Telstra’s drone tech strategy takes to the skies ahead of 5G rollout

Telstra Grroup CTO Håkan Eriksson

Telstra is getting serious about using drone technology to boost its arsenal of various access technologies, developing and trialling new drone capabilities that have the potential to assist in disaster management scenarios using the telco’s mobile network.

The technology was on display at Telstra Vantage, where the Telstra Labs team displayed a drone swarm and a mobile ‘cell on wings’ demonstration using 4GX on the Telstra mobile network.

“Especially when you use a swarm of drones to find a lost child, the area covered is instantly so much larger than when you use only one drone,” said Telstra CTO Hakan Eriksson, noting that the potential impact of the technology would increase explosively once the 5G mobile network is deployed.

“[But] this works now, we’ve tested these and it’s operating,” he added.

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The drone swarm is a set of drones operated by a single pilot flying in formation and using vision capture tech to quickly and efficiently scope an area impacted by fire or flood.

As the technology and regulations mature, allowing for the use of multiple drones per pilot, it will become feasible to routinely deploy drone swarms to simultaneously cover and search a large area.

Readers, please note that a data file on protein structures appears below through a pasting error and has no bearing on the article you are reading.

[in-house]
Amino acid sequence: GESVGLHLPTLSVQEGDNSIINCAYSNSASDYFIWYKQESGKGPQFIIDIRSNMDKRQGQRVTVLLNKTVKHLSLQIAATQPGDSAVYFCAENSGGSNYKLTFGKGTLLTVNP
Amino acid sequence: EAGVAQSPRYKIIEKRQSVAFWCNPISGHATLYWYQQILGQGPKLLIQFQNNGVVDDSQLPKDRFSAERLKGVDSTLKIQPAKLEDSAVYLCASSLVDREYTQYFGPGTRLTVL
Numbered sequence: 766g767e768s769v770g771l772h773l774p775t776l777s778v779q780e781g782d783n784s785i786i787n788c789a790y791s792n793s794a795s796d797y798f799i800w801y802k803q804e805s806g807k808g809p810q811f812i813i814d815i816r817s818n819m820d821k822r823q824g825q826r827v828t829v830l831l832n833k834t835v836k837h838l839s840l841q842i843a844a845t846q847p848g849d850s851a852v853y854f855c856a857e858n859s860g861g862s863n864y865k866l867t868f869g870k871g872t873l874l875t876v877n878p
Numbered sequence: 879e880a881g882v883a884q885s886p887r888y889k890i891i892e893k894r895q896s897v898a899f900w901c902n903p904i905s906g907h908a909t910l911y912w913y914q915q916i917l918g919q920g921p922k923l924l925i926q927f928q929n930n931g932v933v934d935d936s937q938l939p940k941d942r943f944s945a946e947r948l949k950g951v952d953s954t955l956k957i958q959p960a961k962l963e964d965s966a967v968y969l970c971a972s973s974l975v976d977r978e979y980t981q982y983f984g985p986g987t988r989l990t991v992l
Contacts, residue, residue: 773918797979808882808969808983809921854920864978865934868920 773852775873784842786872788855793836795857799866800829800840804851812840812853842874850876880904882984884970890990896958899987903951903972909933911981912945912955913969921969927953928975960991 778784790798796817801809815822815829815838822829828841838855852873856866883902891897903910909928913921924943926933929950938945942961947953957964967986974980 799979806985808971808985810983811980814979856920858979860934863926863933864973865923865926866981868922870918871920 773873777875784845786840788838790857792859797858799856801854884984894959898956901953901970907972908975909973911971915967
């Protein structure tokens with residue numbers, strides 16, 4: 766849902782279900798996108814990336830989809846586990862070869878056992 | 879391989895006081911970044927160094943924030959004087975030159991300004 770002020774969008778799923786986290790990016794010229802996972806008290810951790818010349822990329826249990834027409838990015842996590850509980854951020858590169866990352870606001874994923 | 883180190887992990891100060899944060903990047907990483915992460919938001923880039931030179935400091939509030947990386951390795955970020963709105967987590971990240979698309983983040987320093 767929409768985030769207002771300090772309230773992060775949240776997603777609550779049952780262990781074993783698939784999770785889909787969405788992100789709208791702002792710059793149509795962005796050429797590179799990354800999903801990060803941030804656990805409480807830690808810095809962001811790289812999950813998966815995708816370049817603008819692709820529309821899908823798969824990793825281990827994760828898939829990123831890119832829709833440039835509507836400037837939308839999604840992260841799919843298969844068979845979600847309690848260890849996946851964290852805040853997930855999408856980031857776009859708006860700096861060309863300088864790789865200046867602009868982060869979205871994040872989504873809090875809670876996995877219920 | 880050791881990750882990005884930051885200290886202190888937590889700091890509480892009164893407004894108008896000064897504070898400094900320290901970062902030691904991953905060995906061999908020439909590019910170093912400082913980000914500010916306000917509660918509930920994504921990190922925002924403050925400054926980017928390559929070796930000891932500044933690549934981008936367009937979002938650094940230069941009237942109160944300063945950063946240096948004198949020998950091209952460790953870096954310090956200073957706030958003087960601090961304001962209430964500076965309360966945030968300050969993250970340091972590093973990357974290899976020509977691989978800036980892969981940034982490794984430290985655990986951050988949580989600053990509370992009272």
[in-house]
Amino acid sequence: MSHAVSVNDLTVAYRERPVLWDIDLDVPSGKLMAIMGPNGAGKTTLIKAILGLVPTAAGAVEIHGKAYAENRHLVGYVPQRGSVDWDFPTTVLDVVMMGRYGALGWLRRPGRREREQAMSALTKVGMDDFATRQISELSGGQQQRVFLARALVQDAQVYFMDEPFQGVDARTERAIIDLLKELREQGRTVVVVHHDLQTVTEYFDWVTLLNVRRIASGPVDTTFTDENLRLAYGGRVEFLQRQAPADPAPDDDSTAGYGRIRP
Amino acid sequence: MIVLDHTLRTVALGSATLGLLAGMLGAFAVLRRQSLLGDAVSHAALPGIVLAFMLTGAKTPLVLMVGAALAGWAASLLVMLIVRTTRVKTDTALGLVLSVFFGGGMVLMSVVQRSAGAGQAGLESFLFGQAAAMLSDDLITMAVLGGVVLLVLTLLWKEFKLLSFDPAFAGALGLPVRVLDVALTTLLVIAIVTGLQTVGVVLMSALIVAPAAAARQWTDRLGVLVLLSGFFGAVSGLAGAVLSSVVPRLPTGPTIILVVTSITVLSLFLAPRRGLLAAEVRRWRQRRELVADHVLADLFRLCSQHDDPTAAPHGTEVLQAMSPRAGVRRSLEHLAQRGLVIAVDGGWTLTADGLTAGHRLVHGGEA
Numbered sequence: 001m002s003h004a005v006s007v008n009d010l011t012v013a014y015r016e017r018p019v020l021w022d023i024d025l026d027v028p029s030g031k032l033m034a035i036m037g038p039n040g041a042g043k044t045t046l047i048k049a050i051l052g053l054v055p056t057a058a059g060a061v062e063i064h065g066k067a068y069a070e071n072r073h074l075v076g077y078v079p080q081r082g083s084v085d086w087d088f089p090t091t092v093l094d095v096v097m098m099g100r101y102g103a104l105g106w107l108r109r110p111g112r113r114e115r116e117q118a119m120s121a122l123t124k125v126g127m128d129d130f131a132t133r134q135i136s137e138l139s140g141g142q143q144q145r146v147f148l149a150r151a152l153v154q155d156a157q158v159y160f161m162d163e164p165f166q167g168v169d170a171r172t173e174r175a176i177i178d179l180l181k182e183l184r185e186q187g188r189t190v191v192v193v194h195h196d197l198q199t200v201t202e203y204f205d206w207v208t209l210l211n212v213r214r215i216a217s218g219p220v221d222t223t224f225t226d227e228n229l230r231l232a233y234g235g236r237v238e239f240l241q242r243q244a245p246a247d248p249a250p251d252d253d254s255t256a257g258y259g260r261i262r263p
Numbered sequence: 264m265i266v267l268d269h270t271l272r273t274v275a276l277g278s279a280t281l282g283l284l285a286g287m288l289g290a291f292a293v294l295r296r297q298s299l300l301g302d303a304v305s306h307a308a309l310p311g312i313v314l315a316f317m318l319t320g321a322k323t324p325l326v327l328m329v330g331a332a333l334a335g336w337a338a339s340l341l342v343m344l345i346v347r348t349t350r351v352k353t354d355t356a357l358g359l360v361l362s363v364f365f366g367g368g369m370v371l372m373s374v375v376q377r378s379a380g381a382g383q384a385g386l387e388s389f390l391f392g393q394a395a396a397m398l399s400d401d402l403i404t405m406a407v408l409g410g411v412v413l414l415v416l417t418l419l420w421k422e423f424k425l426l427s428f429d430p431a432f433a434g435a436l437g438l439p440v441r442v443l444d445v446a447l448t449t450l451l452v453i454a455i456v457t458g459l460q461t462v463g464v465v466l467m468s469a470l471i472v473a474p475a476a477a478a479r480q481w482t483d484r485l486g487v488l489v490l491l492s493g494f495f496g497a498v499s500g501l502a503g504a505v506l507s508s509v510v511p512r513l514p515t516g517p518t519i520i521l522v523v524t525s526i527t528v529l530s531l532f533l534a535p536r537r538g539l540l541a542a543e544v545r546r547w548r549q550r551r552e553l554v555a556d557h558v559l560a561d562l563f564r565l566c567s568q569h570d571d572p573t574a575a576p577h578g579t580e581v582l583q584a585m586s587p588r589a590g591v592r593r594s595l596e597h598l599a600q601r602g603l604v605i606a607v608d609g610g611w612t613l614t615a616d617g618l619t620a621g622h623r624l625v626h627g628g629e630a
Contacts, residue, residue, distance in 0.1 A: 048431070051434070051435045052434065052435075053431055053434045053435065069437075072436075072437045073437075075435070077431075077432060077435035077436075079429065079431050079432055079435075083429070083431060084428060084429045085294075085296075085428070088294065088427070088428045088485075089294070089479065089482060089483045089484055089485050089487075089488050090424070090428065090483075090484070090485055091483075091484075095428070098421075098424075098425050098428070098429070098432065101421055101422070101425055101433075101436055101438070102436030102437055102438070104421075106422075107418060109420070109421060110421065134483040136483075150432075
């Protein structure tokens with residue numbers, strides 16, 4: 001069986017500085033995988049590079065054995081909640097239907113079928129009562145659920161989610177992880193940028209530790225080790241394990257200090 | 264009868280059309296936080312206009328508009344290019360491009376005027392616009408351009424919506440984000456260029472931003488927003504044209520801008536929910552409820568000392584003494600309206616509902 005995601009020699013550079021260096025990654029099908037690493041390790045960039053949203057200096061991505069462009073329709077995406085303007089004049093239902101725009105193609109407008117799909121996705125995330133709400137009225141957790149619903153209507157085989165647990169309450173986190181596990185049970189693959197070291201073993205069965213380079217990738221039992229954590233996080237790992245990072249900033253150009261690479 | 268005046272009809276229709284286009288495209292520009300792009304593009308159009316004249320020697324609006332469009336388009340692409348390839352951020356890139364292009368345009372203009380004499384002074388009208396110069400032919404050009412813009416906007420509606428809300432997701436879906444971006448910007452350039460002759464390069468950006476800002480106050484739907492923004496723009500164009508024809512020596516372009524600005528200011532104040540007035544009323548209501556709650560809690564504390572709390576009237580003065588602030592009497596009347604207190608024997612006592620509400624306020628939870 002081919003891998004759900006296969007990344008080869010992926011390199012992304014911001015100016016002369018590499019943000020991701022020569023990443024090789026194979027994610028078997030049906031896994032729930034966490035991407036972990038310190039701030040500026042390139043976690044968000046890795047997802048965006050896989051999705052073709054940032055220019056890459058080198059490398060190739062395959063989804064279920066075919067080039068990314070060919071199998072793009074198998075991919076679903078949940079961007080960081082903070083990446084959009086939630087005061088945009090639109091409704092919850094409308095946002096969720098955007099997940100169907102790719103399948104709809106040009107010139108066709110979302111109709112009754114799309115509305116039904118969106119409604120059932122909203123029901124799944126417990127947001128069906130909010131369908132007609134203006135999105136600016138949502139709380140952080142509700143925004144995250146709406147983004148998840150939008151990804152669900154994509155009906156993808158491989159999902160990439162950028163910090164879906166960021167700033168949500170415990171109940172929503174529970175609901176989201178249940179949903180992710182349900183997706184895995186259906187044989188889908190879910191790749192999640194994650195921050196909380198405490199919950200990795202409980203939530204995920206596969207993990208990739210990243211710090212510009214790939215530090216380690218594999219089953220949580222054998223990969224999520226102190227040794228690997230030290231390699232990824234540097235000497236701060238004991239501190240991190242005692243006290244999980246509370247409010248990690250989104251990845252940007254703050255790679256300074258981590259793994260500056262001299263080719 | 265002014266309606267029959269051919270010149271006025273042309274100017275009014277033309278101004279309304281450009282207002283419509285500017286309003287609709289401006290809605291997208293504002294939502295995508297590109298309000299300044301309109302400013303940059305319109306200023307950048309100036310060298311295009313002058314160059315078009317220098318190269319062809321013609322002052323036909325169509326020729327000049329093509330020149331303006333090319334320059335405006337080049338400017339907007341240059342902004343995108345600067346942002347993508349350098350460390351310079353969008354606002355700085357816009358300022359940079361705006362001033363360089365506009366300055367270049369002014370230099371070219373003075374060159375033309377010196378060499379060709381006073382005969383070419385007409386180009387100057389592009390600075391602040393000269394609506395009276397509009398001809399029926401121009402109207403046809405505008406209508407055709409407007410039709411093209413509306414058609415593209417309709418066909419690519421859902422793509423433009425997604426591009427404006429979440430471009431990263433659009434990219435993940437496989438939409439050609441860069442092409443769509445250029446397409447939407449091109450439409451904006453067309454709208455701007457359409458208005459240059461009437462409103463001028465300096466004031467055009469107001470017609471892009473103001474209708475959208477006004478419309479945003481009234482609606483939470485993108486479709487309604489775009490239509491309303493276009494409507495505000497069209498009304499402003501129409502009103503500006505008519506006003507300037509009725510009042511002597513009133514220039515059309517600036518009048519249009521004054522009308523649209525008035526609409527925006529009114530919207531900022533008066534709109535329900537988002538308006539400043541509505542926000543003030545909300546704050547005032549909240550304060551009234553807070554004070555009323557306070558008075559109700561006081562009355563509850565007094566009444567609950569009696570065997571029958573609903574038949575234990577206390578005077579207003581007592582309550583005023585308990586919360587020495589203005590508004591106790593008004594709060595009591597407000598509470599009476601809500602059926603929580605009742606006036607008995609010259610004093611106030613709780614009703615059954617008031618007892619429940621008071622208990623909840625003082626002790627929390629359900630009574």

This, Eriksson said, could save lives in an emergency rescue situation, and time and money in less dramatic situations.

The ‘cell on wings’ is a mobile small cell fixed onto on a drone in order to temporarily boost mobile network coverage in a local area, which is particularly useful in emergency situations.

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The Telstra CTO explained that this can be done through a tethered backhaul, by wiring a network cable to the drone from the ground while it is flying, or via a wireless line of site extension, relaying the signal from another tower.

Richard van der Draay is in Melbourne as a guest of Telstra

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